Diagnosis and management of diabetes insipidus for the internist: an update

M Christ-Crain, B Winzeler, J Refardt
Journal of Internal Medicine 2021 March 13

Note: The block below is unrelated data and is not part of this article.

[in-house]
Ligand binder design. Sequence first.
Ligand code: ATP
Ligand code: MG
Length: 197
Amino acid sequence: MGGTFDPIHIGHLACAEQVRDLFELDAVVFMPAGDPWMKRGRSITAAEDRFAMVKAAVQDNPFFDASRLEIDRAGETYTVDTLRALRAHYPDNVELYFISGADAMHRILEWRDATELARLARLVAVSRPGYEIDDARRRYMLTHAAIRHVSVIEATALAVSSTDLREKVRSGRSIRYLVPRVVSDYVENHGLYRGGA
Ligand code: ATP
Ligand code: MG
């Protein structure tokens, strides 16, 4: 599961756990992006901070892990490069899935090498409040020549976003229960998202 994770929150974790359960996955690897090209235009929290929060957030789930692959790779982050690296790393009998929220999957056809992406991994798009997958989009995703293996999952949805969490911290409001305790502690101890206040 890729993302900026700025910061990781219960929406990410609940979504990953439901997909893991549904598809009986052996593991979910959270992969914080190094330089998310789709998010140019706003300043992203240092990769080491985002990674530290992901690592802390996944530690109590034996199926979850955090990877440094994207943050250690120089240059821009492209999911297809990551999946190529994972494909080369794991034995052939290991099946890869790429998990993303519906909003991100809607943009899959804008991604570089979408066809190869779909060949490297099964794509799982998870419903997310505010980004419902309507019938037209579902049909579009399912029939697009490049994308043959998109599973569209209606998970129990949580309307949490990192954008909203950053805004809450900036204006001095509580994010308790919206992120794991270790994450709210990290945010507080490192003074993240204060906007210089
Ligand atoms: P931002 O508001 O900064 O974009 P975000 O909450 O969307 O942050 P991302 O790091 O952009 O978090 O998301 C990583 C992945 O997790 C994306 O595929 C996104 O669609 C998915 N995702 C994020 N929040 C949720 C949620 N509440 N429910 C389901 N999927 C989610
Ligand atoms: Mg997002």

Diabetes insipidus is a disorder characterized by excretion of large amounts of hypotonic urine. Four entities have to be differentiated: central diabetes insipidus resulting from a deficiency of the hormone arginine vasopressin (AVP) in the pituitary gland or the hypothalamus, nephrogenic diabetes insipidus resulting from resistance to AVP in the kidneys, gestational diabetes insipidus resulting from an increase in placental vasopressinase and finally primary polydipsia, which involves excessive intake of large amounts of water despite normal AVP secretion and action. Distinguishing between the different types of diabetes insipidus can be challenging. A detailed medical history, physical examination and imaging studies are needed to detect the aetiology of diabetes insipidus. Differentiation between the various forms of hypotonic polyuria is then done by the classical water deprivation test or the more recently developed hypertonic saline or arginine stimulation together with copeptin (or AVP) measurement. In patients with idiopathic central DI, a close follow-up is needed since central DI can be the first sign of an underlying pathology. Treatment of diabetes insipidus or primary polydipsia depends on the underlying aetiology and differs in central diabetes insipidus, nephrogenic diabetes insipidus and primary polydipsia. This review will discuss issues and newest developments in diagnosis, differential diagnosis and treatment, with a focus on central diabetes insipidus.

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